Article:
Scan any job site for journalism roles and you’ll notice the same required skills and qualifications pop up more often than not. NCTJ certified degree or equivalent. Shorthand. Self-starter with a keen news sense.
Those are all useful skills, and in the ever more competitive world of journalism successful applicants will need to tick every single box. The issue is that many of the jobs advertised that way are for generalist news reporter positions, and there’s no position more vulnerable in an age where many publishers are cutting back on editorial staff than the generalist news reporter. It’s still possible to find yourself a niche, particularly if you’re lucky enough to work for a specialist publication, but those positions are becoming rarer, especially for journalists new to the industry.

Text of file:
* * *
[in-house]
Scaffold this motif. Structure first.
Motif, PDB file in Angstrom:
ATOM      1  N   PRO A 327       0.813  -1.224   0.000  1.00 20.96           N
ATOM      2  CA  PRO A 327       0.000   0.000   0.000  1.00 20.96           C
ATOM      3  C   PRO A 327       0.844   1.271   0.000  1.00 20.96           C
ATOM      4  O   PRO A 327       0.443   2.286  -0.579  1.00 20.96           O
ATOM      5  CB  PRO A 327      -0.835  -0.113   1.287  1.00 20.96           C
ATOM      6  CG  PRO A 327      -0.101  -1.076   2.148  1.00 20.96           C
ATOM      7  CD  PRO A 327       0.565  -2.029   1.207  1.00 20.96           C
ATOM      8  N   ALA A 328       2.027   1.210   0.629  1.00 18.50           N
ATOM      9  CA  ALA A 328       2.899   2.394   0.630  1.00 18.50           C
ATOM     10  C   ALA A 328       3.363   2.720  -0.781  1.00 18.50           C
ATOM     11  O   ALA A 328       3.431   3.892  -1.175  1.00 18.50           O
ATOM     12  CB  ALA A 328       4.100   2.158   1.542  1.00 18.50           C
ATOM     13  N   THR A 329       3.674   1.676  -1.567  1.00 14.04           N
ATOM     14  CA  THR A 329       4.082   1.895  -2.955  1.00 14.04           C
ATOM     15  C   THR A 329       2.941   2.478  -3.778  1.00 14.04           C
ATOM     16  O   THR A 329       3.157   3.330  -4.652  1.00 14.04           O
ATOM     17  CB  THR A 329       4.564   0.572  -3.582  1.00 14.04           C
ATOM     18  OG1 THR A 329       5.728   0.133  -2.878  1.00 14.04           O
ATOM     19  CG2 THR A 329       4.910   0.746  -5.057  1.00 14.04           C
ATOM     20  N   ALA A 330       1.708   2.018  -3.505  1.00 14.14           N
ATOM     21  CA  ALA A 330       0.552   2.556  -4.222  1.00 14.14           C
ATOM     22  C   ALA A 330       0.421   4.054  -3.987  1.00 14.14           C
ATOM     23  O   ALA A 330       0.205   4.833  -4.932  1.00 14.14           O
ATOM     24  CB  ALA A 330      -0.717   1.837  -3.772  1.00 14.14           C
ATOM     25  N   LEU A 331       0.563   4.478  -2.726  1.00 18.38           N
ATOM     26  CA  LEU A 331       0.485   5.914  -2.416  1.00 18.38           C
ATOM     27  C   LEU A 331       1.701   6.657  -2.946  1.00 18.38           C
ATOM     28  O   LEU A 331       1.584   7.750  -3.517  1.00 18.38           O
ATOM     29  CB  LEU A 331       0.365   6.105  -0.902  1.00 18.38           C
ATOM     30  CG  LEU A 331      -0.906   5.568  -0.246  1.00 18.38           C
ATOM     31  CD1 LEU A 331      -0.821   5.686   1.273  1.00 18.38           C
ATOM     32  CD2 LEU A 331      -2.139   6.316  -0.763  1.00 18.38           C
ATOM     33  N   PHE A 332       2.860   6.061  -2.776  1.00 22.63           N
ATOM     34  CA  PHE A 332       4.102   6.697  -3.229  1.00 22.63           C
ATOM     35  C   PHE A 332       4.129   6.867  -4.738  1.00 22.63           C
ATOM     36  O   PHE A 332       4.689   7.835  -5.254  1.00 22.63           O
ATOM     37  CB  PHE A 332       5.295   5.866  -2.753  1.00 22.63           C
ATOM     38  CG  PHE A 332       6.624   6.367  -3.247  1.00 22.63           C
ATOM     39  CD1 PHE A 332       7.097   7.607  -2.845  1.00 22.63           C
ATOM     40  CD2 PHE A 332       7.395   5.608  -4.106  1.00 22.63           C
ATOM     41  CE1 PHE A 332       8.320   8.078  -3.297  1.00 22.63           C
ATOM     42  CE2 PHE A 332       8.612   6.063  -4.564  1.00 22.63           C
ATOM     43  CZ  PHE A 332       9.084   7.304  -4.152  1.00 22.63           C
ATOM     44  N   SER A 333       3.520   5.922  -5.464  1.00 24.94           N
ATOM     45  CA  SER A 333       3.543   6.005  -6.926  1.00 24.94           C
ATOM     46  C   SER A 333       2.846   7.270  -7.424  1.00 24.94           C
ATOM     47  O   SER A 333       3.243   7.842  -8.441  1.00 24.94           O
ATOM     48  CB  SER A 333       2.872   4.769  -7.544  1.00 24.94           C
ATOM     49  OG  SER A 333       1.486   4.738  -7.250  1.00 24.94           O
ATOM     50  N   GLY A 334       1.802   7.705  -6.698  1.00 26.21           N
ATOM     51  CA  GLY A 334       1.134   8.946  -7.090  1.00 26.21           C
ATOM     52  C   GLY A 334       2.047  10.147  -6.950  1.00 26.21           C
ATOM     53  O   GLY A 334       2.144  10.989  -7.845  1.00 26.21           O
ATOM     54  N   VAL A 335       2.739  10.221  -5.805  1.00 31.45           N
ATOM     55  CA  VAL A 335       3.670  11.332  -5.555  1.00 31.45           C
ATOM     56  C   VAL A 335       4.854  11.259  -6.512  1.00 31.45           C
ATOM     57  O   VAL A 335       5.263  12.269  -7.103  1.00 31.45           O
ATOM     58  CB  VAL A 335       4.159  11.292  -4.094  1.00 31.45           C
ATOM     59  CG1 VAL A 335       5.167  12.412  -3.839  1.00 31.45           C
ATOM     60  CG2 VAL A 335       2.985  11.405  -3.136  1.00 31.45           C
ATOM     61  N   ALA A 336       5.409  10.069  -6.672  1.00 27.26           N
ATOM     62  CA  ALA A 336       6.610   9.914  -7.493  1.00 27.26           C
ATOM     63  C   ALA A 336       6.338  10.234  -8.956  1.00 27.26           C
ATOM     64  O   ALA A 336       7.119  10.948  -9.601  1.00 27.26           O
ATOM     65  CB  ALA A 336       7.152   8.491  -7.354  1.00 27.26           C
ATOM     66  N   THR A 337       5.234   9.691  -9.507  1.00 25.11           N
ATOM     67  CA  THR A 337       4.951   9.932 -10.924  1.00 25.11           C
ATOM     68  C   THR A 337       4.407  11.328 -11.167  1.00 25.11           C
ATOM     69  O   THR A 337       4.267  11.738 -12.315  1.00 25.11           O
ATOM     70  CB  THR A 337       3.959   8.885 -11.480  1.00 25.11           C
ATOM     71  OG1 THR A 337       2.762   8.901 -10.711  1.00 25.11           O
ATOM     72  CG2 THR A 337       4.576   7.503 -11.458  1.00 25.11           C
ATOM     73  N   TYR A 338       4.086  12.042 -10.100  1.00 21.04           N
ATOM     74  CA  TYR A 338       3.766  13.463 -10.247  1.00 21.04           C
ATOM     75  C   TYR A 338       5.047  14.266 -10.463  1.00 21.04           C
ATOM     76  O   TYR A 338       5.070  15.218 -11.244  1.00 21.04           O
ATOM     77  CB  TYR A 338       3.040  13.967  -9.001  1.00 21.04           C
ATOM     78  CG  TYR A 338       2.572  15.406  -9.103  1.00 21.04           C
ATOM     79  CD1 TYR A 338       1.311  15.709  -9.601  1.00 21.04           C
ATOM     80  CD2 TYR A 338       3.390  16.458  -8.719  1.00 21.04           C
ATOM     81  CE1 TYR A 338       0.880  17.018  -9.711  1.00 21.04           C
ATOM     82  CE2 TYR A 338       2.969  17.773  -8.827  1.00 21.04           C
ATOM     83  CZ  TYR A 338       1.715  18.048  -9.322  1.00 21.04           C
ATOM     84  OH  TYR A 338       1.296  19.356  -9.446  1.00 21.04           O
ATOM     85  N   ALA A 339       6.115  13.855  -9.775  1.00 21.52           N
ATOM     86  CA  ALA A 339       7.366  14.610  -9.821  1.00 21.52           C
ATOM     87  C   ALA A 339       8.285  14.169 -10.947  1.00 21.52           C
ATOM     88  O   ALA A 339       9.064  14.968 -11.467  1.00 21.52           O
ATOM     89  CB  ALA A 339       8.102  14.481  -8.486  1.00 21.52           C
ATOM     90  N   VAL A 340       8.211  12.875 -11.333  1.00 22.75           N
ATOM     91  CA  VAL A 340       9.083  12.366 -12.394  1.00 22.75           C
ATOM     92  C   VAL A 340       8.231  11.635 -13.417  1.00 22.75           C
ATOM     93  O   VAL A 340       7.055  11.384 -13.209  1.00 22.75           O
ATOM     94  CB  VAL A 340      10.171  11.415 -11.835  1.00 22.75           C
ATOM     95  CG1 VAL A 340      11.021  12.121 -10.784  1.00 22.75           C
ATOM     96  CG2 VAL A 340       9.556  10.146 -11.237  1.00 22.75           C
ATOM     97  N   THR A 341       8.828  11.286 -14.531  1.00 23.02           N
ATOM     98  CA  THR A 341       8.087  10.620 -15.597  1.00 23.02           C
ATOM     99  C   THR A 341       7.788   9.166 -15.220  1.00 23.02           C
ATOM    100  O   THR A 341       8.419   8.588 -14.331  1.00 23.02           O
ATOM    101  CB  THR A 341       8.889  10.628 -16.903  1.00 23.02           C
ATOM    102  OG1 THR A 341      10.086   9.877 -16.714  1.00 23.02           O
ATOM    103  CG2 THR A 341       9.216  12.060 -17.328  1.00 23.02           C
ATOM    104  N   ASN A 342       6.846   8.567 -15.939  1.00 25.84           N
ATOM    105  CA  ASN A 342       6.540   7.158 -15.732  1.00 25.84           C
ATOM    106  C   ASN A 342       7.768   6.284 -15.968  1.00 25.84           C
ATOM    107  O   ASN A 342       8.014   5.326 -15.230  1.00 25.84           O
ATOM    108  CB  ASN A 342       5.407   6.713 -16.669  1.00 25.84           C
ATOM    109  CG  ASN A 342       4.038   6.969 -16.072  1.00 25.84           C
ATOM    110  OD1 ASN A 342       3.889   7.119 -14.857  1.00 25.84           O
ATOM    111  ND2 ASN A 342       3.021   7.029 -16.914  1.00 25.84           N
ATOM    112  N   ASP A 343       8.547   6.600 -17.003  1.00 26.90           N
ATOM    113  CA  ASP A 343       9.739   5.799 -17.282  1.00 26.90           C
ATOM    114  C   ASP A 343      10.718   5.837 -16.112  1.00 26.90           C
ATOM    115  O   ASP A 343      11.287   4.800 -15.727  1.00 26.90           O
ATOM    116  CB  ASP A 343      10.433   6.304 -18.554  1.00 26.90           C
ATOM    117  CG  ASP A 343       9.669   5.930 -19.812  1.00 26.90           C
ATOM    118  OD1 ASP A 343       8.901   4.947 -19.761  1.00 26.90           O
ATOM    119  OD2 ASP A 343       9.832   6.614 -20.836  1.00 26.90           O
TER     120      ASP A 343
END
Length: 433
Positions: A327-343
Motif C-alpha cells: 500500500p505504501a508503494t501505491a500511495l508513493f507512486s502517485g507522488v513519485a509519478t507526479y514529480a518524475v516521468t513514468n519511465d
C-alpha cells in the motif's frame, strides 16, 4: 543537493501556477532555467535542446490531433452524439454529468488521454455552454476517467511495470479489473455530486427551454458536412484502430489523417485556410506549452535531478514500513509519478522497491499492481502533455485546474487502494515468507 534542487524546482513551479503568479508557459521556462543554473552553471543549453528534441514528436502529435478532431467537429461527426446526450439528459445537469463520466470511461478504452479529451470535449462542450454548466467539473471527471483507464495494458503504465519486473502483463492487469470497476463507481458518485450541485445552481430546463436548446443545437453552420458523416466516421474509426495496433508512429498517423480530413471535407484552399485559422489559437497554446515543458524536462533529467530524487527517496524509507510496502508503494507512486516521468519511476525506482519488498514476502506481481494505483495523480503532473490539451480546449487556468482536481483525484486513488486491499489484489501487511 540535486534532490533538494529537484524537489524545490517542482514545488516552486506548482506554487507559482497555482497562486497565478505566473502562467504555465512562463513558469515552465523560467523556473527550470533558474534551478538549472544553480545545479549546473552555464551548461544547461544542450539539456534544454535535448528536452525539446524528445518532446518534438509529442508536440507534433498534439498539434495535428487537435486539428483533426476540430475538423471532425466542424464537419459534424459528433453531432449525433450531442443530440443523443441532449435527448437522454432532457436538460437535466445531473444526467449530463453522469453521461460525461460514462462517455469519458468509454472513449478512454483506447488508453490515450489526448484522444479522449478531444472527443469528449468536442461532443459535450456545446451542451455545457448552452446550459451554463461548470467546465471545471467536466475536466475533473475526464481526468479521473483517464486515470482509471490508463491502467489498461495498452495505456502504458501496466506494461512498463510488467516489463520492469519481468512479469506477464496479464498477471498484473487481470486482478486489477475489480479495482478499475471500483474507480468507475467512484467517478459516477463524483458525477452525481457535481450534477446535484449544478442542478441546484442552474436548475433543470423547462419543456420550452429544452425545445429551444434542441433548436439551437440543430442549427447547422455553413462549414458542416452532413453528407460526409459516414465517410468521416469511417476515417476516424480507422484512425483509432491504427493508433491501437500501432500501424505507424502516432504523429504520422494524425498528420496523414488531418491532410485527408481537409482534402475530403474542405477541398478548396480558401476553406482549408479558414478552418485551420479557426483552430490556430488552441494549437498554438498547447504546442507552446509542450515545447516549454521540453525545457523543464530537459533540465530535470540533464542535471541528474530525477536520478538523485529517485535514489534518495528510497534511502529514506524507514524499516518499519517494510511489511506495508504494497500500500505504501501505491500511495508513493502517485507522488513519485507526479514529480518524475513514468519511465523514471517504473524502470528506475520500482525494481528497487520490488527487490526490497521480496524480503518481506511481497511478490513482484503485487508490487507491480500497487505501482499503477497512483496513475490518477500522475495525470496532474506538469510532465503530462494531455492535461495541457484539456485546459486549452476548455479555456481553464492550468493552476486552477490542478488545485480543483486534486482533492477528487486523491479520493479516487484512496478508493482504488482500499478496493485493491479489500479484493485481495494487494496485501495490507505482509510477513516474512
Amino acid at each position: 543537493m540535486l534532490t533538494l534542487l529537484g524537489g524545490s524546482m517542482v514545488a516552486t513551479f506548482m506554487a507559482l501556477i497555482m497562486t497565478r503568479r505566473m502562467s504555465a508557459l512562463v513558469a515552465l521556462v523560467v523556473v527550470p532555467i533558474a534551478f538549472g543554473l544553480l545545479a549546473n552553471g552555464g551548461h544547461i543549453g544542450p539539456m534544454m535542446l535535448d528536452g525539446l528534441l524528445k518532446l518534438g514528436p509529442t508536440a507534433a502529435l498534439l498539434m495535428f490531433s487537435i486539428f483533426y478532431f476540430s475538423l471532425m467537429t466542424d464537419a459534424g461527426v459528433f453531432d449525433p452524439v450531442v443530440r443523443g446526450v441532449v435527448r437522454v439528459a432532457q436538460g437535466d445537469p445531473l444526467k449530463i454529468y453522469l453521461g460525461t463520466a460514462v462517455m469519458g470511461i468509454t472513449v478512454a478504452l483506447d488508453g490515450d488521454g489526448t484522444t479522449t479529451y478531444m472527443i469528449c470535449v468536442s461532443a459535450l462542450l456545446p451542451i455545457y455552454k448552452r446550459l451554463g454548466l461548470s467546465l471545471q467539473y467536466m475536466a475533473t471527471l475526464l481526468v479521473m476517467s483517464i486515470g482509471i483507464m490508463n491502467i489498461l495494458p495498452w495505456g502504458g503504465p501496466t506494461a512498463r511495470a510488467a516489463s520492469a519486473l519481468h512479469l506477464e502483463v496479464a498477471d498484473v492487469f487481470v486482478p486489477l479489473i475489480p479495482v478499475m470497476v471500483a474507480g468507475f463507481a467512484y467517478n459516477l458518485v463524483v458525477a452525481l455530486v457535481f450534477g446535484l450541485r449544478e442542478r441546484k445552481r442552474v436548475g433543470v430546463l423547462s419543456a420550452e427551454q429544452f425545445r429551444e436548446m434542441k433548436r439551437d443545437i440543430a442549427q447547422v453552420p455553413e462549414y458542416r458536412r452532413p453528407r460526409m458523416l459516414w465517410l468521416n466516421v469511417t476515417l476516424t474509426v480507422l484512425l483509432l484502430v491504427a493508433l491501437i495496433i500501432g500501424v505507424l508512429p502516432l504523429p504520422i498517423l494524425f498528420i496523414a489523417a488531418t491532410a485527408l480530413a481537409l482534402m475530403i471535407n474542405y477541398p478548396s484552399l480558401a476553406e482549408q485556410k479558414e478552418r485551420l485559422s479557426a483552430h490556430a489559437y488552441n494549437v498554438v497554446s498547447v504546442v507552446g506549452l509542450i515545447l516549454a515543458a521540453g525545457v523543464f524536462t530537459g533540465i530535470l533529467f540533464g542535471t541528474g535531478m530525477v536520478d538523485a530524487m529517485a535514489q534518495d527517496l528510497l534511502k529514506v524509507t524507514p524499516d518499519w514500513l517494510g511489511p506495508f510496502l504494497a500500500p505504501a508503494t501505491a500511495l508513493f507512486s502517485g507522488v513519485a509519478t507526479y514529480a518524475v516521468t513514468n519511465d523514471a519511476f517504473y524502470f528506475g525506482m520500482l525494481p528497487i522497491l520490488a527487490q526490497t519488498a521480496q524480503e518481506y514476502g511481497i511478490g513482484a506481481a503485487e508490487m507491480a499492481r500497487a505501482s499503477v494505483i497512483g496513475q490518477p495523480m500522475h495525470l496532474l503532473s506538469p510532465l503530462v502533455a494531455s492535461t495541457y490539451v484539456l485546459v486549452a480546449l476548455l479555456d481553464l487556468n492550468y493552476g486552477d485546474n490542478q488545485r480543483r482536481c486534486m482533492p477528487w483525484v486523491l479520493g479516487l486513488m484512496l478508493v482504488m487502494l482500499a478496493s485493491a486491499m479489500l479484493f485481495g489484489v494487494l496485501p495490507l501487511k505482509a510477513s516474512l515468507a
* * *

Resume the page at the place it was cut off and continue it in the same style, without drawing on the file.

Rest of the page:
The reality is that as a result of the erosion of beat journalism in favour of creating mass-appeal general content, often journalists are distinguished less by the topics on which they are an expert and more on the way they can tell stories, whether that’s through creating video, data visualisations, social campaigns or a news game. Establishing yourself as a master of one of those disciplines is a great way to ameliorate the risk of redundancy.
But there’s an even more vital skill for journalists in 2018, one that’s related to the reasons why the generalist journalist is at risk…